Carolina Panthers coach Matt Rhule is playing his cards close to the vest, but let me spell out exactly what I’m seeing at the team’s training camp in Spartanburg:
Mayfield hasn’t looked great by any means, but he’s been good enough to be better than Sam Darnold.
Rhule said Saturday that he probably wouldn’t announce the winner of the QB competition until sometime after the New England preseason game Aug. 19. But it looks to me like Mayfield has taken the lead and now just needs to not mess it up and not get hurt to be able to start in Week 1 vs. his old team, the Cleveland Browns, on Sept. 11 in Charlotte.
The two QBs have been cordial with one another, trying to avoid the sort of drama that is inherent when a team doesn’t know who is going to play its most important position with the season opener a month away.
“It’s not about trying to stab one another in the back,” Mayfield said Monday of the QB competition. “It’s about elevating, because the franchise and the team go as the QB room goes.”
Neither QB could move the ball worth a darn in two-minute drill simulations Monday against Carolina’s defense, which is clearly ahead of the offense at this point. The difference was more about who made the big mistake, and that was Darnold.
After getting behind the chains due to a penalty, he misread a coverage, threw into a crowded area and got intercepted by Sean Chandler. It was a depressingly familiar sight to watch Darnold do this, so much so that 45 seconds before it happened, I turned to the two guys next to me watching practice and said: “I feel a Darnold interception coming on.”
That wasn’t a hard prediction to make, because those were too often the exact situations in which Darnold threw picks last year (he had nine TD passes but 13 interceptions in 2021, going 4-7 as a starter). Sometimes, Darnold looks better than he was in 2021, but a lot of the time he doesn’t.
Mayfield completes more balls downfield than Darnold and he’s picking up the offense fast enough that Darnold’s six-month advantage in learning new offensive coordinator Ben McAdoo’s playbook is starting to evaporate.
“He’s definitely improving,” Rhule said of Mayfield Monday, “as he gets more and more of a feel for what he can do at the line of scrimmage… What he’s done in 10 days (of training camp practice) is pretty impressive. He’s making really good jumps.”
Mayfield also gets more balls batted down at the line of scrimmage than Darnold does, owing in part to Darnold’s height advantage (officially two inches, but it looks more like four to me). And you’d want Darnold on the quarterback sneak before you’d want Mayfield.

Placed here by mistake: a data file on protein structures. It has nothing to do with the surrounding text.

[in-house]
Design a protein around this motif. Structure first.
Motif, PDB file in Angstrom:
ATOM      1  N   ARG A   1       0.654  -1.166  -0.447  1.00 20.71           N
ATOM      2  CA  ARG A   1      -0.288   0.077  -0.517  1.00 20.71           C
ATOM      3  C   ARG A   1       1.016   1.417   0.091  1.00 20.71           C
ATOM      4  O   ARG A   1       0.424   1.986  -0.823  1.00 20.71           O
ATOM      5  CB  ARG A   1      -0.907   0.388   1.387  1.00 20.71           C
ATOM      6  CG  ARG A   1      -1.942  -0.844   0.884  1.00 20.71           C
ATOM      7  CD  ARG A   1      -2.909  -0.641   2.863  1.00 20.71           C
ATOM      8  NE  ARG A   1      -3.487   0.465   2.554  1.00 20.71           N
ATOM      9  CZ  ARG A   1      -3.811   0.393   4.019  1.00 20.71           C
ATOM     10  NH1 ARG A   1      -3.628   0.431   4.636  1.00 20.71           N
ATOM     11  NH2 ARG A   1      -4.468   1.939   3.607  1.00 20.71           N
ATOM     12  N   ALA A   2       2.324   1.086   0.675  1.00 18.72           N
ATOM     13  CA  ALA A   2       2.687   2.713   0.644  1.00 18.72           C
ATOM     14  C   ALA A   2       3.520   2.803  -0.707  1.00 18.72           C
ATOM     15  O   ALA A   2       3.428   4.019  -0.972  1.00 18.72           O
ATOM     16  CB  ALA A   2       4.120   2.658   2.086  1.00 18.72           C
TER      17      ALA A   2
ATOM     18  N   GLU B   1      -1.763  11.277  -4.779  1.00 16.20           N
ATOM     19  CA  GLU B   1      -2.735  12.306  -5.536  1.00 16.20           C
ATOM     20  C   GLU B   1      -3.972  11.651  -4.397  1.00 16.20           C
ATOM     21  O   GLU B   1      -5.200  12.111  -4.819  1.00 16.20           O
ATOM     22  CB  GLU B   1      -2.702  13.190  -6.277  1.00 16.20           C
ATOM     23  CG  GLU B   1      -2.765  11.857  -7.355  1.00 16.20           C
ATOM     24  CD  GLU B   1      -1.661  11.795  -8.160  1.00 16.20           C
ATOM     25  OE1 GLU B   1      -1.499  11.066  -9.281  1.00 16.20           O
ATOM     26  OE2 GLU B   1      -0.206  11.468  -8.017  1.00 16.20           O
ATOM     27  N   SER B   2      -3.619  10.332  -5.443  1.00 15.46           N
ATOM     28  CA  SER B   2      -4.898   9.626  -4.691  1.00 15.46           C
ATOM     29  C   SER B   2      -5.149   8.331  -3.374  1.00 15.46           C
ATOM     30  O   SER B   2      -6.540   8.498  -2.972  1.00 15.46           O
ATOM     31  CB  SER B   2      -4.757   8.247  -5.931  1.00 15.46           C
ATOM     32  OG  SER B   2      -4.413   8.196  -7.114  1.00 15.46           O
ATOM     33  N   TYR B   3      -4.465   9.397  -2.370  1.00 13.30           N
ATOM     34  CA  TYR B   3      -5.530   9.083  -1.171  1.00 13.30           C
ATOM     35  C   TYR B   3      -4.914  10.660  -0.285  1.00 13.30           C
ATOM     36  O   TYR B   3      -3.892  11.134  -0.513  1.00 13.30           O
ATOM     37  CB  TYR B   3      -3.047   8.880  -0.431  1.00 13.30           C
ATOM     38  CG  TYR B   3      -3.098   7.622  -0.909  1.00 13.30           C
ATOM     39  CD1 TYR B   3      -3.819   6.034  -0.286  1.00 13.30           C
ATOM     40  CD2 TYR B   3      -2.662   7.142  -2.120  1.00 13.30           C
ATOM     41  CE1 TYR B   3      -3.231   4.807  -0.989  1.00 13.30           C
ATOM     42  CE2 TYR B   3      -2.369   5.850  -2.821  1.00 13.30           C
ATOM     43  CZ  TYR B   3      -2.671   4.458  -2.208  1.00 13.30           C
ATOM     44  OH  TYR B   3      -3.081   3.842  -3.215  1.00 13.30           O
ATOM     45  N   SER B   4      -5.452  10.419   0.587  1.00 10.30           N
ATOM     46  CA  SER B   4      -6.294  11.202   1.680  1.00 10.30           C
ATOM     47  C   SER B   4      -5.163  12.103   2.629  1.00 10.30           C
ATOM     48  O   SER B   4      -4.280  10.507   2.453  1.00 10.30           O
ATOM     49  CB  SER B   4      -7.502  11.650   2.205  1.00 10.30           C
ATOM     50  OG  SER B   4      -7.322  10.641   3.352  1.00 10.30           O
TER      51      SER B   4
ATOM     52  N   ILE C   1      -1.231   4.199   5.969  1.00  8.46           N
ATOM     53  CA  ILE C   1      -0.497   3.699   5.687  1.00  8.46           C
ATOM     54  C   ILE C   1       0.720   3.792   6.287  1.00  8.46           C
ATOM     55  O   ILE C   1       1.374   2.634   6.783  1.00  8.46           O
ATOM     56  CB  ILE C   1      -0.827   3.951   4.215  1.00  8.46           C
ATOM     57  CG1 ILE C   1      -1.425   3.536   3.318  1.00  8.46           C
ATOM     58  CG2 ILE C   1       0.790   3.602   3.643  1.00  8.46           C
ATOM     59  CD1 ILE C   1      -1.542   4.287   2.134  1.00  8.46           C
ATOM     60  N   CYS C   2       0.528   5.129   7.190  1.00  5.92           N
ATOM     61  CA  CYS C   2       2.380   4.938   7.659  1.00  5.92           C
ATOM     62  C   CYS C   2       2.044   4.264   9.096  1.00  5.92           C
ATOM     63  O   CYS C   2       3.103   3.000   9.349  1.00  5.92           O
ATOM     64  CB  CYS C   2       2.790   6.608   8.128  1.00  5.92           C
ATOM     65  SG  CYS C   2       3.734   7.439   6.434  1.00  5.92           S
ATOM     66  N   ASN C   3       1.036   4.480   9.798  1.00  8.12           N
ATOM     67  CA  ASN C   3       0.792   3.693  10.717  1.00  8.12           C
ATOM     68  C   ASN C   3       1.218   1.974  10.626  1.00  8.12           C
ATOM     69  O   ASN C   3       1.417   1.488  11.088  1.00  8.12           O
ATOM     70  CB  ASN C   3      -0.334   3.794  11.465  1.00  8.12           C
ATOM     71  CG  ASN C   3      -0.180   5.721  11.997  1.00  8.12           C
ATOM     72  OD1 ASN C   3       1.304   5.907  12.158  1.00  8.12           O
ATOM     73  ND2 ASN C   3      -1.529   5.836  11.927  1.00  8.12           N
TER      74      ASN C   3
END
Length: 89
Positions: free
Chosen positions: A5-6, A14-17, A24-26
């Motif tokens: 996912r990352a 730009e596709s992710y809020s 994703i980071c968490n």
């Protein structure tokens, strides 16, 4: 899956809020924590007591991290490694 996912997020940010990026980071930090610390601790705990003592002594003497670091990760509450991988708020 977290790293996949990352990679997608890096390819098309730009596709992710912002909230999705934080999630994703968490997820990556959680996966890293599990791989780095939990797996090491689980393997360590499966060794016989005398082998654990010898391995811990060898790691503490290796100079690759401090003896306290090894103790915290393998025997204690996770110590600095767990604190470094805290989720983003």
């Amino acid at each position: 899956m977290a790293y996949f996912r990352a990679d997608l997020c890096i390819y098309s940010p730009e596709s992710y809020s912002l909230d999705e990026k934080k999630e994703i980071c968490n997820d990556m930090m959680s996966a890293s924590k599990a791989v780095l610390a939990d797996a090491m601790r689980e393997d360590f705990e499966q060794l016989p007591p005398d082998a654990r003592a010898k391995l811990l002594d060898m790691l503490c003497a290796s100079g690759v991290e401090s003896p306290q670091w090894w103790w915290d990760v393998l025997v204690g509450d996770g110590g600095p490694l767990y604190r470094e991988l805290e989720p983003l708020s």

But the QB’s main job is throwing to open receivers, and Mayfield looks better at that. He’s learning his top guys now in DJ Moore and Robbie Anderson.
“DJ’s a guy (who you) just give him a chance,” Mayfield said. “He’s a contested-catch guy, real physical at the top of his routes… Robbie… just being able to separate with his speed and trusting that he’s going to run by people. The cliched thing of, ‘if he’s even, he’s leavin’ — that’s true of Robbie.”
As for rookie Matt Corral: he can throw, which is no surprise. But he needs more seasoning, and right now is going to be this team’s No. 3 QB, with P.J. Walker the odd man out unless someone gets hurt.
Maybe I’m wrong, Rhule runs a double reverse and Darnold will end up starting. I do think he will be on the roster regardless. I don’t set any stock on the latest Darnold trade rumor, simply because the team that already was willing to offer a major ransom for Darnold already employs him (looking at you, Panthers).
“I’m just gonna continue to do me and do what I can to put myself in a good position,” Darnold said Monday.
At some point, both of them are going to play during the regular season. I don’t think either of these QBs are durable enough, nor their revamped offensive line quite good enough, to start all 17 games.
But the guy who starts Week 1?
Looks like Baker all the way to me.